An approach to understanding the role in human health of non-nutrient chemicals in food

  • N. Lazarus
  • J. A. Norman
  • E. M. Mortby


Many expert nutritional groups are concerned with defining and then educating the public on the ingredients of a wholesome and concomitantly healthy diet. Vegetables and fruit are high on the list of acceptable foods. Their inclusion is backed up by much epidemiological evidence to show that diets containing a high proportion of fruit and vegetables have a protective effect against cardiovascular-related diseases, as well as cancer (Gey, 1994; Graham et al., 1978). The nutritionists appear to have reached a consensus as to what constitutes a healthy diet. However, on close examination it is rarely clear which constituents of the diet are responsible for these health-giving properties and what mechanisms may underlie their effects. Food contains both major and minor chemical constituents. Proteins, fats, carbohydrates (both simple and complex) and fibre are the major constituents. Minor constituents include vitamins and minerals. However, in addition to the above there is a host of other chemicals, such as natural inherent non-nutrients, that are present in food. For many years, nutritionists have tended to ignore these chemicals. One reason could be that they were perceived as being nutritionally inert and therefore contributing very little to the wholesomeness of foods. There is now a large body of evidence which suggests that these neglected compounds may play a supporting role in imparting health (Wattenberg, 1993).


Methyl Glyoxal Western Diet Acceptable Daily Intake Allyl Isothiocyanate Ethyl Carbamate 
These keywords were added by machine and not by the authors. This process is experimental and the keywords may be updated as the learning algorithm improves.


Unable to display preview. Download preview PDF.

Unable to display preview. Download preview PDF.


  1. Aldercreutz, H., Honjo, H., Higashi, A. et al (1991) Urinary excretion of lignans and isoflavonoid phytoestrogens in Japanese men and women consuming a traditional Japanese diet. American Journal of Clinical Nutrition, 54, 1093–1100.Google Scholar
  2. Ames, B.N. (1989) What are the major carcinogens in the etiology of human cancer? In: DeVita, P.T., Hellman, S. and Rosenberg, S.A. (eds). Important Advances in Oncology, Lippincott, Philadelphia, pp. 237–247.Google Scholar
  3. Ames, B.N., Magaw, R. and Gold, L.S. (1987) Ranking possible carcinogenic hazards. Science, 236 (4799), 271–280.CrossRefGoogle Scholar
  4. Beier, R.C. (1990) Natural pesticides and bioactive compounds in foods. In: Ware, G.W. (ed.) Reviews of Environmental Contamination and Toxicology. Vol. 113. Springer-Verlag, Berlin, pp. 47–138.CrossRefGoogle Scholar
  5. Bennets, H.W., Underwood, E.J. and Shier, F.L. (1946) A specific breeding problem of sheep on subterranean clover pasture in western Australia. Australian Journal of Agricultural Research, 22, 131–138.Google Scholar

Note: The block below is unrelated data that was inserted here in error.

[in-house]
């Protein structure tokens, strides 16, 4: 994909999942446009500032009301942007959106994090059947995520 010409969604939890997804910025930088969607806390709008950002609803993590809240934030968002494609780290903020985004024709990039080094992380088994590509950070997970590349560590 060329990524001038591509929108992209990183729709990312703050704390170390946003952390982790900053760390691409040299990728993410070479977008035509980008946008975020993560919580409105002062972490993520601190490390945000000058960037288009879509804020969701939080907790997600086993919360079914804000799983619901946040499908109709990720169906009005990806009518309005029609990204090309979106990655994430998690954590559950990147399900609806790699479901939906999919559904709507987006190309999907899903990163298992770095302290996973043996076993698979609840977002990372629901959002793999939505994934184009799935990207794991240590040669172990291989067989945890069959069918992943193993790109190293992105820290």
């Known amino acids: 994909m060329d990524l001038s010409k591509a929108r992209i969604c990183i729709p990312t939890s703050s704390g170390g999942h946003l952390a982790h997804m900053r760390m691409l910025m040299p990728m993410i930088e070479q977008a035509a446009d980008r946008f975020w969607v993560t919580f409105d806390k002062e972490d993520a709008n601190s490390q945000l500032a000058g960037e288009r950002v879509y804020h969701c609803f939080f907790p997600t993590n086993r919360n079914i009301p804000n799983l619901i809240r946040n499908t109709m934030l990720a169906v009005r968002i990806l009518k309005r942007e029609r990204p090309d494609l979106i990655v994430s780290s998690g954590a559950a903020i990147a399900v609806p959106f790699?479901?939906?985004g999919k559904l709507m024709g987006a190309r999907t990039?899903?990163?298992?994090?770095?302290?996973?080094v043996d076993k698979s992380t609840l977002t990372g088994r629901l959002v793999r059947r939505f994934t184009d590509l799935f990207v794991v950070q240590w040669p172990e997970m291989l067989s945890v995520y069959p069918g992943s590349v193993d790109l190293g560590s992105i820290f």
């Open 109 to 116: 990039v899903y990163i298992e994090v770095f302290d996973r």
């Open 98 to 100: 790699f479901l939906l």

6. Bradbury, R.B. and White, D.E. (1954) Oestrogens and related substances in plants. Vitamins and Hormones, 12, 207–233.CrossRefGoogle Scholar
  7. Buss, N.E., Tembe, E.A., Prendergast, B.D. et al. (1994) The teratogenic metabolites of vitamin A in women following supplements and liver. Human and Experimental Toxicology, 13, 33–43.CrossRefGoogle Scholar
  8. Cassidy, A., Bingham, S. and Setchell, K. (1994) Biological effects of a diet soya protein rich in isoflavones on the menstrual cycle of premenopausal women. American Journal of Clinical Nutrition, 60. 333–340.Google Scholar
  9. Department of Health, Comittee on Medical Aspects of Food Policy (1993) The Nutritional Assessment of Novel Foods and Processes. Report on Health and Social Subjects No. 44. HMSO, London.Google Scholar
  10. Gey, K.F. (1994) The relationship of antioxidant status and risk of cancer and cardiovascular disease: a critical evaluation of observational data. In: Nohl, Esterbauer and Rice, Evans (eds) Free Radicals in the Environment, Medicine and Toxicology. Richelieu Press, London, pp. 191–219.Google Scholar
  11. Graham, S., Dayal, H., Swanson, M. et al. (1978) Diet in the epidemiology of cancer of the colon and rectum. Journal of the National Cancer Institute, 61, 709–714.Google Scholar
  12. Lee, H.P., Gourley, L., Duffy, S.W. et al. (1991) Dietary effects on breast cancer risk in Singapore. Lancet, 337. 1197–1200.CrossRefGoogle Scholar
  13. Ministry of Agriculture, Fisheries and Food (1992). Nitrate, Nitrite and N-nitroso Compounds in Food. Twentieth Report of the Steering group on the Chemical Aspects of Food surveillance. HMSO. London.Google Scholar
  14. Ministry of Agriculture, Fisheries and Food and Department of Health (1994) ACNFP Annual Report. MAFF Publications, London.Google Scholar
  15. Phillips, B.J., Hughes, J.A., Phillips, J.C. et al. (1996) A study of the toxic hazard that might be associated with the consumption of green potato tops. Food and Chemical Toxicology, 34, 439–448.CrossRefGoogle Scholar
  16. Renwick, A.G. (1991) Safety factors and the establishment of acceptable daily intakes. Food Additives and Contaminants, 8, 135–150.CrossRefGoogle Scholar
  17. Shutt, D.A. (1976) The effects of plant estrogens on animal reproduction. Endeavour, 35, 110–113.CrossRefGoogle Scholar
  18. Wattenberg, L. (1993) Chemoprevention of carcinogenesis by minor non-nutrient constituents of the diet. In: Parke, D.V., Ioannides, C. and Walker, R., (eds) Food, Nutrition and ty. Smith-Gordon Nishimura, London. pp. 287–300.Google Scholar
  19. Zeilmaker, M.J., van den Ham, W., Jansen, E.H.J.M. and Slob, W. (1995) Molecular modelling of the fate of nitrite in the blood: implications for the risk assessment of nitrate. Human and Experimental Toxicology, 14, 694.Google Scholar

Copyright information

© Chapman & Hall 1997

Authors and Affiliations

  • N. Lazarus
  • J. A. Norman
  • E. M. Mortby

There are no affiliations available

Personalised recommendations